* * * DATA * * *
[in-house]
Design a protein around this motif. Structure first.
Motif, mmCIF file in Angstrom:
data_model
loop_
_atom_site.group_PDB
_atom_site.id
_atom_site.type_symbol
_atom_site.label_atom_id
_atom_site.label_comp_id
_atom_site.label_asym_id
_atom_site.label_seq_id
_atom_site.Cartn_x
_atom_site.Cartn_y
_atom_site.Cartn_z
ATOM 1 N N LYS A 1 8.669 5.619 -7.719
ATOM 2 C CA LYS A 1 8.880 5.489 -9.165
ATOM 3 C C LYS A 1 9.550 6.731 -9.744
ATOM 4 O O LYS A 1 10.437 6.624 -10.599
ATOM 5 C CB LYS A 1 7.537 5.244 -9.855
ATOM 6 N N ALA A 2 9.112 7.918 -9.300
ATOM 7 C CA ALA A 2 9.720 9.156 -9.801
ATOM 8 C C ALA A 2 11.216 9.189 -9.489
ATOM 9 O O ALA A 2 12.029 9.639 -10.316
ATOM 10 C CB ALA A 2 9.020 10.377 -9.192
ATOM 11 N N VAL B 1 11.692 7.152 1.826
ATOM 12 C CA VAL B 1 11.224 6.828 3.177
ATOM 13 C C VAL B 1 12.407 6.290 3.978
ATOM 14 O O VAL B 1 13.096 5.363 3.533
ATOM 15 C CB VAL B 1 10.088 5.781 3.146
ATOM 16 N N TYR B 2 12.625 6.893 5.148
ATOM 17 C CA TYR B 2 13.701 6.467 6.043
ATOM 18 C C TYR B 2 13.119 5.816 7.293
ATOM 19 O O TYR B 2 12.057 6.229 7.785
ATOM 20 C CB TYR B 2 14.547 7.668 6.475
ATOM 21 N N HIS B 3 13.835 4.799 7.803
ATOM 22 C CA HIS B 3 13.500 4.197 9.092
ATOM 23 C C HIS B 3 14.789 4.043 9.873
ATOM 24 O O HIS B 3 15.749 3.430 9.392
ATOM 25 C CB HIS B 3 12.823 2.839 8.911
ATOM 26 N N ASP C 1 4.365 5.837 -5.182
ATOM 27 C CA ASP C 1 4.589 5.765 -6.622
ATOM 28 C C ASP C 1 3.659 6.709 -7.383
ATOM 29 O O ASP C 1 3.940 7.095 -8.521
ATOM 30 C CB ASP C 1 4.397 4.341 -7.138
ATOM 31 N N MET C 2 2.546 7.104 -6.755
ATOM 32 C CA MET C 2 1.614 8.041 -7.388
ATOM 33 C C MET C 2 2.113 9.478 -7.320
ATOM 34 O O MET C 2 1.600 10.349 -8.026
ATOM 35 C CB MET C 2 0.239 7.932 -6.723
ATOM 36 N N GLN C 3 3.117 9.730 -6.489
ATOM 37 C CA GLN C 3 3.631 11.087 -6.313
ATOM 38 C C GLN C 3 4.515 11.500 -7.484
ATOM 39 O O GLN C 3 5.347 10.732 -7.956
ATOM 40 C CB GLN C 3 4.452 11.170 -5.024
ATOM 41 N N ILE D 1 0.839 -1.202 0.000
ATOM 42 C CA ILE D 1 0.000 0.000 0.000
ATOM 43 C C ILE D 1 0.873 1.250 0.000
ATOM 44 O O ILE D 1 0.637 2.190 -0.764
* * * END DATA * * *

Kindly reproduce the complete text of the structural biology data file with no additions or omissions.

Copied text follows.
[in-house]
Design a protein around this motif. Structure first.
Motif, mmCIF file in Angstrom:
data_model
loop_
_atom_site.group_PDB
_atom_site.id
_atom_site.type_symbol
_atom_site.label_atom_id
_atom_site.label_comp_id
_atom_site.label_asym_id
_atom_site.label_seq_id
_atom_site.Cartn_x
_atom_site.Cartn_y
_atom_site.Cartn_z
ATOM 1 N N LYS A 1 8.669 5.619 -7.719
ATOM 2 C CA LYS A 1 8.880 5.489 -9.165
ATOM 3 C C LYS A 1 9.550 6.731 -9.744
ATOM 4 O O LYS A 1 10.437 6.624 -10.599
ATOM 5 C CB LYS A 1 7.537 5.244 -9.855
ATOM 6 N N ALA A 2 9.112 7.918 -9.300
ATOM 7 C CA ALA A 2 9.720 9.156 -9.801
ATOM 8 C C ALA A 2 11.216 9.189 -9.489
ATOM 9 O O ALA A 2 12.029 9.639 -10.316
ATOM 10 C CB ALA A 2 9.020 10.377 -9.192
ATOM 11 N N VAL B 1 11.692 7.152 1.826
ATOM 12 C CA VAL B 1 11.224 6.828 3.177
ATOM 13 C C VAL B 1 12.407 6.290 3.978
ATOM 14 O O VAL B 1 13.096 5.363 3.533
ATOM 15 C CB VAL B 1 10.088 5.781 3.146
ATOM 16 N N TYR B 2 12.625 6.893 5.148
ATOM 17 C CA TYR B 2 13.701 6.467 6.043
ATOM 18 C C TYR B 2 13.119 5.816 7.293
ATOM 19 O O TYR B 2 12.057 6.229 7.785
ATOM 20 C CB TYR B 2 14.547 7.668 6.475
ATOM 21 N N HIS B 3 13.835 4.799 7.803
ATOM 22 C CA HIS B 3 13.500 4.197 9.092
ATOM 23 C C HIS B 3 14.789 4.043 9.873
ATOM 24 O O HIS B 3 15.749 3.430 9.392
ATOM 25 C CB HIS B 3 12.823 2.839 8.911
ATOM 26 N N ASP C 1 4.365 5.837 -5.182
ATOM 27 C CA ASP C 1 4.589 5.765 -6.622
ATOM 28 C C ASP C 1 3.659 6.709 -7.383
ATOM 29 O O ASP C 1 3.940 7.095 -8.521
ATOM 30 C CB ASP C 1 4.397 4.341 -7.138
ATOM 31 N N MET C 2 2.546 7.104 -6.755
ATOM 32 C CA MET C 2 1.614 8.041 -7.388
ATOM 33 C C MET C 2 2.113 9.478 -7.320
ATOM 34 O O MET C 2 1.600 10.349 -8.026
ATOM 35 C CB MET C 2 0.239 7.932 -6.723
ATOM 36 N N GLN C 3 3.117 9.730 -6.489
ATOM 37 C CA GLN C 3 3.631 11.087 -6.313
ATOM 38 C C GLN C 3 4.515 11.500 -7.484
ATOM 39 O O GLN C 3 5.347 10.732 -7.956
ATOM 40 C CB GLN C 3 4.452 11.170 -5.024
ATOM 41 N N ILE D 1 0.839 -1.202 0.000
ATOM 42 C CA ILE D 1 0.000 0.000 0.000
ATOM 43 C C ILE D 1 0.873 1.250 0.000
ATOM 44 O O ILE D 1 0.637 2.190 -0.764